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Last Wednesday started out like an ordinary day, or as ordinary as they have been during a pandemic—I woke up around 7:30 and moved through my usual morning routines and practices, took (with permission) a single sip of Shawn’s coffee, and set about my Wednesday morning work list (I am lost without my many lists).

More than I usually do, I kept glancing at the time on every available device. At 10:40 a.m. I got in the car and headed to Hannaford in North Conway. I walked in, breezed past the carts and baskets, and headed straight to the pharmacy.

Four of us arrived at about the same time, checked in, submitted IDs, and filled out some paperwork. As I took the clipboard and pen into my hands, the friendly pharmacist rolled her eyes a little and smiled, anticipating the question that never left my lips but certainly bubbled up in my mind: ‘And yes, this is the exact same questionnaire you just completed online… this is Hannaford’s version.’

I took my seat with the others and filled in my answers. No one spoke until a young woman named Anna wheeled out her cart and introduced herself, telling us that we would be receiving our first dose of the Moderna vaccine today, that our second appointments would be made for us, that we would be cursing her that night for our sore arms, and asked that we stay for fifteen minutes after our shots to make sure there were no adverse reactions. And were there any questions?

There were not.

Suddenly, purses were set down, jackets were coming off, and sleeves were being rolled up. I watched the other three people get theirs first. The first recipient took a selfie and said nothing. Anna wheeled over to the next two, a married couple, and asked, ‘Are you excited?’ And after a moment’s hesitation, the wife said, ‘I suppose’ and everyone laughed along with her. The wife got her shot, and then the husband, and then more silence.

Anna wheeled over to me. I asked her, ‘Do you mind if I take a selfie?’ She said, ‘Not at all, please do!’ I added, ‘I rarely take selfies, but this moment seems pretty important.’ She said, ‘Absolutely!’ The first recipient then chimed in, saying, ‘My selfie didn’t turn out, I missed it somehow.’ Anna said, ‘We can stage one for you afterwards,’ which made both of them very happy.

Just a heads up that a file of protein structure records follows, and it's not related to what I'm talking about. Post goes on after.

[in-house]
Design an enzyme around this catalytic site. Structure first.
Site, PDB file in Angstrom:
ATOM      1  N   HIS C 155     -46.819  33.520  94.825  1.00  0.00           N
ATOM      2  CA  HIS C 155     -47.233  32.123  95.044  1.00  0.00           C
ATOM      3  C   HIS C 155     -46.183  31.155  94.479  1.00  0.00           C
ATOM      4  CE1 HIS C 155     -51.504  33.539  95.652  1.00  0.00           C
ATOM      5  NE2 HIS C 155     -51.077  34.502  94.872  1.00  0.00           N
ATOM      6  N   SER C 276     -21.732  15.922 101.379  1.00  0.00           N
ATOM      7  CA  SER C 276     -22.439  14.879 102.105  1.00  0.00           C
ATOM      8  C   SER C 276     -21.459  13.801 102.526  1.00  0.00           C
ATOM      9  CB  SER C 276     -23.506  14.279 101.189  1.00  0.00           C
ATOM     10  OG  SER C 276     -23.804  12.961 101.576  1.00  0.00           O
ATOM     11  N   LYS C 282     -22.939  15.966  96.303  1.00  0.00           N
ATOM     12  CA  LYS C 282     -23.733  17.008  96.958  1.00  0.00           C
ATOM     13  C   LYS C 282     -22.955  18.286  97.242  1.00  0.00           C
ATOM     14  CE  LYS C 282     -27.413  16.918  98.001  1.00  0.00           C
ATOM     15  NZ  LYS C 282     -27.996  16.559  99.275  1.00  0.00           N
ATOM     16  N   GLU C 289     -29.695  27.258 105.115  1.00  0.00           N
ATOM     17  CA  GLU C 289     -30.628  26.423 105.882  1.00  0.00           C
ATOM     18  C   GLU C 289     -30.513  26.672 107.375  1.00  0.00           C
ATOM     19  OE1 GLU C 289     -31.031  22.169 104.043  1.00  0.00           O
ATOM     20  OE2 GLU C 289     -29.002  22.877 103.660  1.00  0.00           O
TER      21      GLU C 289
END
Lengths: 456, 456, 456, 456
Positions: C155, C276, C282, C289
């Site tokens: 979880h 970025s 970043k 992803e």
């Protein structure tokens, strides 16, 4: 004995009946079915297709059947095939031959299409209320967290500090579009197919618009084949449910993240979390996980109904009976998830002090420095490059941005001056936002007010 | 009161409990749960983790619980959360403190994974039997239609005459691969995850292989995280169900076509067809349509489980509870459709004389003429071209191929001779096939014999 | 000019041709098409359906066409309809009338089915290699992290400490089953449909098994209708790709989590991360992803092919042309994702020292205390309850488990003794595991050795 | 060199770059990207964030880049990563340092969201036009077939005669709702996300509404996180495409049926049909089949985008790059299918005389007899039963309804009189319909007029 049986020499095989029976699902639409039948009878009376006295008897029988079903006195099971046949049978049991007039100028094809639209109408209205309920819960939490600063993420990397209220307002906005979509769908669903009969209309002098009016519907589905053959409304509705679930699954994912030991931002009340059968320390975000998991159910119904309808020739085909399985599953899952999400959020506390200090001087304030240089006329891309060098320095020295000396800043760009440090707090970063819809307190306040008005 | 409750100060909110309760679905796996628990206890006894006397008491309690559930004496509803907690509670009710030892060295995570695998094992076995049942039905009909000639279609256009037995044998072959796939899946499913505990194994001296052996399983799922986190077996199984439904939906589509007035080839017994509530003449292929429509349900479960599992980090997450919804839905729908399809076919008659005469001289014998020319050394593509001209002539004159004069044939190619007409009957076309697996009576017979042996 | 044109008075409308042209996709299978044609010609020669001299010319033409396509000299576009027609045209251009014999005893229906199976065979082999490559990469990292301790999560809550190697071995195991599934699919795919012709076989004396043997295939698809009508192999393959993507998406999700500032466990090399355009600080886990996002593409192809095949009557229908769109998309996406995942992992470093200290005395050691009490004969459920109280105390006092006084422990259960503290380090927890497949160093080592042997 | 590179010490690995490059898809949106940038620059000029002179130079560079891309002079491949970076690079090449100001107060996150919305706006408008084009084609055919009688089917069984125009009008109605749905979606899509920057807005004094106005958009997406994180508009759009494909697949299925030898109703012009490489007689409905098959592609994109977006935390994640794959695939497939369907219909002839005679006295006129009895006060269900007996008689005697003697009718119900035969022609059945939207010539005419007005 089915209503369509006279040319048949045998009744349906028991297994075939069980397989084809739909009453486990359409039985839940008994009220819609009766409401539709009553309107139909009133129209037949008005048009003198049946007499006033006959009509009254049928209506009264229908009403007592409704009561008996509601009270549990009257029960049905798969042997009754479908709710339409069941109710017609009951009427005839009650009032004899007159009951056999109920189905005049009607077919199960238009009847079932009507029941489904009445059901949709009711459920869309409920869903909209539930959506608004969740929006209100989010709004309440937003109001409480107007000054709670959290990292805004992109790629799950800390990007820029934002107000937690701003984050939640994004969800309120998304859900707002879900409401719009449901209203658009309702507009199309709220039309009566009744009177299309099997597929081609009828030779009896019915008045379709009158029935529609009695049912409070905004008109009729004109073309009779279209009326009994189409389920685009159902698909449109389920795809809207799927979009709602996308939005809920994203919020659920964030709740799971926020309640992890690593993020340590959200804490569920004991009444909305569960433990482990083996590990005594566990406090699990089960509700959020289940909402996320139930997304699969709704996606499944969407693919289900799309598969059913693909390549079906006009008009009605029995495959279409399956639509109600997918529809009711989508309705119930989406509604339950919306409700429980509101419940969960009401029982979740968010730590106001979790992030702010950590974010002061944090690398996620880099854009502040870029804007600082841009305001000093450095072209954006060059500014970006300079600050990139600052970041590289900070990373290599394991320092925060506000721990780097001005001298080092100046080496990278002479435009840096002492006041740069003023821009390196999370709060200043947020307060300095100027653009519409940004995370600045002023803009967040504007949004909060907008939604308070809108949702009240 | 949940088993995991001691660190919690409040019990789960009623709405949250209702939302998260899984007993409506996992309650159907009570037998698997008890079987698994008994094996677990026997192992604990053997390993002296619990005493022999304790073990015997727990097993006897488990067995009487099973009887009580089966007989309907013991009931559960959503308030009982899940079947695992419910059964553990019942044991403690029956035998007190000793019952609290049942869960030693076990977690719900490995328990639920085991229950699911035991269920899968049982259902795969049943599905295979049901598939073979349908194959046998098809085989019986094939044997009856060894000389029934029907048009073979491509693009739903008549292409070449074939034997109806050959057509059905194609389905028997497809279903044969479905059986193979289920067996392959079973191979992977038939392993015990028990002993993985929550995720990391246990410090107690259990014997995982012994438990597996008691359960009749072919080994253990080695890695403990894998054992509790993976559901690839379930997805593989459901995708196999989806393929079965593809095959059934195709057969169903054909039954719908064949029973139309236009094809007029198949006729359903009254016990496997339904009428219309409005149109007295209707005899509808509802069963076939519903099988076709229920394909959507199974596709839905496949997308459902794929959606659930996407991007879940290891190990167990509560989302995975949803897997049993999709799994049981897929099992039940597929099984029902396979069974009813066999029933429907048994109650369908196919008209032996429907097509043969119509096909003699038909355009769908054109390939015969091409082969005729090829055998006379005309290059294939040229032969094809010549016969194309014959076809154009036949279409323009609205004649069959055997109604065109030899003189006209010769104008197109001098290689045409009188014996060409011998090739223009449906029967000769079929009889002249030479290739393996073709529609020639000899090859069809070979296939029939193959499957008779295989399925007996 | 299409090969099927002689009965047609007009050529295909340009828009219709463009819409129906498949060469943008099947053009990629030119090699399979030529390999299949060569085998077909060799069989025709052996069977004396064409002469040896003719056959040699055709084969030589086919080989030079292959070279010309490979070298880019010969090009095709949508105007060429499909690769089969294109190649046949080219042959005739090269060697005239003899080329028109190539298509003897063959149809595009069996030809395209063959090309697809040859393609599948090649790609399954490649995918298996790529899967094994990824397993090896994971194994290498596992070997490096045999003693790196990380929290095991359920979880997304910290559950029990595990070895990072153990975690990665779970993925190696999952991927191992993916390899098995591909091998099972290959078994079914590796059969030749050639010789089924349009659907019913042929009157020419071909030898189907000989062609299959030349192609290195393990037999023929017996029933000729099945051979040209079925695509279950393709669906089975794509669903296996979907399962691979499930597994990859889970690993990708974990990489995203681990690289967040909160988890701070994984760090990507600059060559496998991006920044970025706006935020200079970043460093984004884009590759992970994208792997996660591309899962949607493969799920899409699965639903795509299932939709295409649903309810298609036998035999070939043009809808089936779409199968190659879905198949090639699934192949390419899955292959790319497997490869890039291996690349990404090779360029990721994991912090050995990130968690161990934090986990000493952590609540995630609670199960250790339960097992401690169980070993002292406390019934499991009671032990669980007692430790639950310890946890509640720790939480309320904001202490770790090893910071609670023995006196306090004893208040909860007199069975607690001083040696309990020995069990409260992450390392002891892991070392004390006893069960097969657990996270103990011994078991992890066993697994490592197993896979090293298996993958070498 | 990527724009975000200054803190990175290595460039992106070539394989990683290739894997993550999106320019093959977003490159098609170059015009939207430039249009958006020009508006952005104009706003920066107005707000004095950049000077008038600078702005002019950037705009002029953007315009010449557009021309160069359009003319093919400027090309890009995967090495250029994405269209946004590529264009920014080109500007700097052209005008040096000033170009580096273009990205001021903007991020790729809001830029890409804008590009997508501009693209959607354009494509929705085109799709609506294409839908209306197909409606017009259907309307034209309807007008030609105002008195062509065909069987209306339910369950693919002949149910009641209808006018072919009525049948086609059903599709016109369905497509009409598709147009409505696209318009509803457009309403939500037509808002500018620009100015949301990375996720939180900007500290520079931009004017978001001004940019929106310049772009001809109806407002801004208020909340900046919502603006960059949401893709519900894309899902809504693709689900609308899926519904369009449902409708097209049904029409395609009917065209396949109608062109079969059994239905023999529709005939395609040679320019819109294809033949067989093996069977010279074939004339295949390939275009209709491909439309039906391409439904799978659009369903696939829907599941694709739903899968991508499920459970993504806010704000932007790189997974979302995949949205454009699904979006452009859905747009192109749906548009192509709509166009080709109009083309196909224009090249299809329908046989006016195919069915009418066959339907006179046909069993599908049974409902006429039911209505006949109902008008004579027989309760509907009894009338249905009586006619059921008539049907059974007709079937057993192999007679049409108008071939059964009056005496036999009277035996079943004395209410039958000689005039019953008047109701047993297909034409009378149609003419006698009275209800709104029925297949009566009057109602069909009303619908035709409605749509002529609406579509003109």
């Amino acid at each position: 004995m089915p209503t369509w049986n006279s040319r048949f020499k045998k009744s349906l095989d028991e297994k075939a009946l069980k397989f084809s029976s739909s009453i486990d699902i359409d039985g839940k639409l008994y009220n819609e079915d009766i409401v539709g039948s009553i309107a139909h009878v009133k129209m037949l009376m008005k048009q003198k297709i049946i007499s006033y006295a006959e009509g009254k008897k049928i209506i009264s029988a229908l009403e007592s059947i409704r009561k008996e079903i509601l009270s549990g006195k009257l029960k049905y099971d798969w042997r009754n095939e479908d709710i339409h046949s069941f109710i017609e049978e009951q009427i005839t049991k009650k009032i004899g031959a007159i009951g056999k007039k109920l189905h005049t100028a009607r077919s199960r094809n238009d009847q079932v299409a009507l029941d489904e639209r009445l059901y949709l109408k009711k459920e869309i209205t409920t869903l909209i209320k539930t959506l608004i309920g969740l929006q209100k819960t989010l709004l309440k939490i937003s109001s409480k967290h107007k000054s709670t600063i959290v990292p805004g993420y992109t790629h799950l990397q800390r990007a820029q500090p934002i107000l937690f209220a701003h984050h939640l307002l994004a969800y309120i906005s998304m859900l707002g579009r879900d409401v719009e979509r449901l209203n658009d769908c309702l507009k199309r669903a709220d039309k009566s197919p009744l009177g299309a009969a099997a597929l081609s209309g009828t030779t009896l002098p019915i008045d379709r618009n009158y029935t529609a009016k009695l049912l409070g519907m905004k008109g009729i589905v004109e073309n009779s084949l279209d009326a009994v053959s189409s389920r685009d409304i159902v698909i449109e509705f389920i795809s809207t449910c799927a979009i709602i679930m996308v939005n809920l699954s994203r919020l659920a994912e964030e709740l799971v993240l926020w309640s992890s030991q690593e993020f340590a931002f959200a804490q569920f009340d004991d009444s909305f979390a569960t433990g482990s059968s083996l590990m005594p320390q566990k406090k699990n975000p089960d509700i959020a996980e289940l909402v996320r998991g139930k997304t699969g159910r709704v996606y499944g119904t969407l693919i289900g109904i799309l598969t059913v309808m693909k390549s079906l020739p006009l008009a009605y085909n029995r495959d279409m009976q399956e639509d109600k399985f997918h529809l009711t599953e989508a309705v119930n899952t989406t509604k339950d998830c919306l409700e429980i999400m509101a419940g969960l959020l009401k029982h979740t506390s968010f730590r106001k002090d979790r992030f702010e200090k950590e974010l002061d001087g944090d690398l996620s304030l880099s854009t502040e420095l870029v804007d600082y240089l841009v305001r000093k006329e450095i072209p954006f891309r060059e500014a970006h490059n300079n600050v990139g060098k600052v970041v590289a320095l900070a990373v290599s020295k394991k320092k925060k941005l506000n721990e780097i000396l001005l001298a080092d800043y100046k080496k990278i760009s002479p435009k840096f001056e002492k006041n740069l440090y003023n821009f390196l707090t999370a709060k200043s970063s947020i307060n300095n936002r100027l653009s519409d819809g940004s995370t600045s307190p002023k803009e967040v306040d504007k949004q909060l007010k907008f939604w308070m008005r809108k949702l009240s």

I felt her swab my left arm, and as I looked at the screen of my phone, I felt no hint of pain as she administered the shot. As she was finishing up, I looked in her eyes and said, ‘Thank you,’ and she smiled and said, ‘You’re so welcome’—and it was at this moment that I felt the enormity of the whole experience. Suddenly, there was a lump in my throat, and tears of gratitude welling in the corners of my eyes.

I watched Anna with the first recipient as they reenacted the moment for the missed selfie, everyone smiling behind their masks. After I quickly posted my own photo, I put my phone in my pocket and decided to spend the fifteen minutes sitting as mindfully as I could. I paid close attention to the warm and strange feeling in my left arm; to the beating of my heart, now much more relaxed and settled; to my breath coming and going on its own; to the motions of those picking up prescriptions; to the small, friendly conversations that bubbled up here and there; to shoppers wheeling by with fresh vegetables and bread and toothpaste; to the sounds of a barely perceptible pop song playing through overhead speakers (‘Just another manic Monday…’); to a feeling of awe at the marvels of modern medicine and the human triumph over disease; to the thought of the many thousands of people who were not fortunate enough to live long enough to receive this vaccine that could have saved their lives and those of others.

Every Wednesday, every moment, is extraordinary, when I look closely enough.

Fifteen minutes later, we were sent on our way with our IDs, new vaccine record cards, and information about our next appointments. I walked out into the early spring sunshine, more aware of my posture and of my left arm, feeling lighter, happier, and so full of hope and gratitude.

I arrived home to the intoxicating smells and sounds of pancakes cooking on the stove. I really am lucky beyond belief. I hugged and kissed the chef and thanked him, ate my pancakes, and got back to work.